Throughout the ongoing coronavirus pandemic, it has been widely reported that low-income Americans with children have been some of the hardest hit in terms of declining financial and mental health.
But on July 15, President Joe Biden seeks to alleviate some of that suffering via his $1.9 trillion American Rescue Plan, which will direct the Internal Revenue Service to begin disbursing recurring monthly payments to eligible Americans from the expanded child tax credits.
This newest federal government-issued cash windfall will now allow parents to bag as much as $3,600 per year for a child under the age of six and up to $3,000 for children between ages six and seventeen. What this means is that a $250 or a $300 cash payment for each child will be made available to these parents every month through the end of the year.
“This tax cut will give our nation’s hardworking families with children a little more breathing room when it comes to putting food on the table, paying the bills, and making ends meet,” Biden said in a statement.
“Nearly every working family with children is going to feel this tax cut make a difference in their lives,” he added.
What recent polls, reports, and studies are showing is that this type of federal assistance—seen in some circles as an unofficial version of a fourth stimulus check—can’t come soon enough. And there already has been plenty of calls among Washington lawmakers and ordinary citizens to make the credits permanent.
Around 95 percent of Americans polled admitted that stimulus checks have helped improve their financial health over the past year, according to a recent survey conducted by doxo. And roughly nine in ten respondents felt confident that stimulus payments will help the U.S. economy improve between “a little” and “a great deal,” while 63 percent said their own financial health will recover within the next twelve months.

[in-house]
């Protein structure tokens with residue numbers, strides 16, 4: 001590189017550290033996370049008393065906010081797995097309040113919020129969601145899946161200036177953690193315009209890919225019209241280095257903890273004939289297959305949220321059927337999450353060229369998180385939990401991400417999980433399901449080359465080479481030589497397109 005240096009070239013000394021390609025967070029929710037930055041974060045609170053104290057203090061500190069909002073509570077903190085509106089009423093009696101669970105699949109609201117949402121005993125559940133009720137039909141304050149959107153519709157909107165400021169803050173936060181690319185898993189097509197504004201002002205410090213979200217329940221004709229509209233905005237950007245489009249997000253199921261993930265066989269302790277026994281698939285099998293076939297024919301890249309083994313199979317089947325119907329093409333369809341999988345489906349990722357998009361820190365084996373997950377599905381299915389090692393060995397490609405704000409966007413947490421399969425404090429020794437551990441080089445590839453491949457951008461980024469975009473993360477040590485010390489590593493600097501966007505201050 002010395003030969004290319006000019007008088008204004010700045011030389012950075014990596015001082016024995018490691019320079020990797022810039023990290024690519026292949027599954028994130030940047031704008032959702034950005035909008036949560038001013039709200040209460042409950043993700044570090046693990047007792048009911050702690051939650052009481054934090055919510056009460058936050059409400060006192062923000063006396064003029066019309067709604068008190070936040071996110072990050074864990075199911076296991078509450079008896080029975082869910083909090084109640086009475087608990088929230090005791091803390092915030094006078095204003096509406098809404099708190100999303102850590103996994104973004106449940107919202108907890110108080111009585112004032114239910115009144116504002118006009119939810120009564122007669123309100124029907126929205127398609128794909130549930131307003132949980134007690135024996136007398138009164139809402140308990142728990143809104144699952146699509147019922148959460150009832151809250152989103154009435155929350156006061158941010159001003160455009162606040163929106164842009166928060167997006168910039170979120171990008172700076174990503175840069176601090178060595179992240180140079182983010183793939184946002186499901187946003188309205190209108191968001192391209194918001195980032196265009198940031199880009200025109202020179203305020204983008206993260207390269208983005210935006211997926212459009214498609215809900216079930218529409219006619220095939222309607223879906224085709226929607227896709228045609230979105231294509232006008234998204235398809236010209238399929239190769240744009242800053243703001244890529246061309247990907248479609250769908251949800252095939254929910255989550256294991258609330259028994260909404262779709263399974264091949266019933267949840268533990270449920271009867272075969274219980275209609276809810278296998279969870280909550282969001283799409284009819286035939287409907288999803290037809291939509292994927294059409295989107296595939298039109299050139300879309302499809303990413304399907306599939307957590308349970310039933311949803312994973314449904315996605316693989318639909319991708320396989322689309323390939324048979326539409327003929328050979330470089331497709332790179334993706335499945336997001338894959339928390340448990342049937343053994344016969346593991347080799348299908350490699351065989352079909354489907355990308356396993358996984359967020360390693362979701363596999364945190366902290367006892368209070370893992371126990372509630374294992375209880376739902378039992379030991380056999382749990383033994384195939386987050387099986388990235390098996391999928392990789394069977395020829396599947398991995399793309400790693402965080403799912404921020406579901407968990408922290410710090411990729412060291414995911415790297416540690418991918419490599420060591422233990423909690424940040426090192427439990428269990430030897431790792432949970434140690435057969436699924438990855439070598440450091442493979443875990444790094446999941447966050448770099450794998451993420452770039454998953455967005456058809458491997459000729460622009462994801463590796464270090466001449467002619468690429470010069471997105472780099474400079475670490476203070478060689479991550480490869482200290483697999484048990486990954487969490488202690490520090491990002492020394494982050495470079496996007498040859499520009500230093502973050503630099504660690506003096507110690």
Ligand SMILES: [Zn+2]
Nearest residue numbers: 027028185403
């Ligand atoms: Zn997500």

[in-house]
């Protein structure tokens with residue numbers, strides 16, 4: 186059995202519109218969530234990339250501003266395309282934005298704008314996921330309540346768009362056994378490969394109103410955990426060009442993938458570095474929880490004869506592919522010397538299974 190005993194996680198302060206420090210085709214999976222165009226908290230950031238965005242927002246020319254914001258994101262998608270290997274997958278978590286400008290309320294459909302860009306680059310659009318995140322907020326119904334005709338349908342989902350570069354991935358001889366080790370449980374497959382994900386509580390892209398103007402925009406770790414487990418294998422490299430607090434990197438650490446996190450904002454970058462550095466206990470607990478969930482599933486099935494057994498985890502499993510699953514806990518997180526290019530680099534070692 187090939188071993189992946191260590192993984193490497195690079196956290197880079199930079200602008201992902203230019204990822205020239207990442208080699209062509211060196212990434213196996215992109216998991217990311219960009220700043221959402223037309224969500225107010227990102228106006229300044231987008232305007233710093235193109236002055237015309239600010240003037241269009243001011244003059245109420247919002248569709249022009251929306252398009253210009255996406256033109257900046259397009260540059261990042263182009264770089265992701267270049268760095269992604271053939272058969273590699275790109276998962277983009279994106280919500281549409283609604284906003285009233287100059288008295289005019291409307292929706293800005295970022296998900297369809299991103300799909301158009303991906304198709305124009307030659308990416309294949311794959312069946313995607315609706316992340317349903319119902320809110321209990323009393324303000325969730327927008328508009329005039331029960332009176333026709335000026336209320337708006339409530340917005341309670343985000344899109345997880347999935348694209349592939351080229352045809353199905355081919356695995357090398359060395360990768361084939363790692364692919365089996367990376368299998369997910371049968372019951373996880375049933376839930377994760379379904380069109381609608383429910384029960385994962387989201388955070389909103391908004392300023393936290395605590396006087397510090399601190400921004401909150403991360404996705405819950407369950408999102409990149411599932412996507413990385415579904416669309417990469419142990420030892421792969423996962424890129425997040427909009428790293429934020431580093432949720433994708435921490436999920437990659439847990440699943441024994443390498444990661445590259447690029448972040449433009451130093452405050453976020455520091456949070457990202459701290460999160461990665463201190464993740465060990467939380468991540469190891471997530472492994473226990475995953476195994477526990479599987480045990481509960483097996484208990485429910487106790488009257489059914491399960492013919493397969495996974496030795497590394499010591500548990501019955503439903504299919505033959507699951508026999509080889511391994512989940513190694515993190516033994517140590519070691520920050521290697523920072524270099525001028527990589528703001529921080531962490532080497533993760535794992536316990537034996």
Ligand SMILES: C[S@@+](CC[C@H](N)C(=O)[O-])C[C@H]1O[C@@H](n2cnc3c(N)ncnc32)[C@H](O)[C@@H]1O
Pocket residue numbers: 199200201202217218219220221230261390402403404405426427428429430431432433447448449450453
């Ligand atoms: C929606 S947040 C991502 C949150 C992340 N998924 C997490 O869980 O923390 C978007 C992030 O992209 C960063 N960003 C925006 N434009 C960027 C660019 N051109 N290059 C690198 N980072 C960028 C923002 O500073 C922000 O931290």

A separate report put together by the Annie E. Casey Foundation shows that a permanent expansion of the child tax credits has the potential to lift more than four million children out of poverty. Around thirty-four million people, including ten million children, live in poverty in the United States, according to the latest data from the U.S. Census Bureau.
“Every child needs food, health care and safe and stable housing. Millions of households with children already lacked these necessities before the pandemic,” the foundation noted in the summary report.
“To continue on progress already made on recovery, the foundation recommends: making the expansion of the federal child tax credit permanent; strengthening state and local policies affecting kids and families; and prioritizing racial and ethnic equity in policymaking,” it adds.
Ethen Kim Lieser is a Minneapolis-based Science and Tech Editor who has held posts at Google, The Korea Herald, Lincoln Journal Star, AsianWeek, and Arirang TV. Follow or contact him on LinkedIn.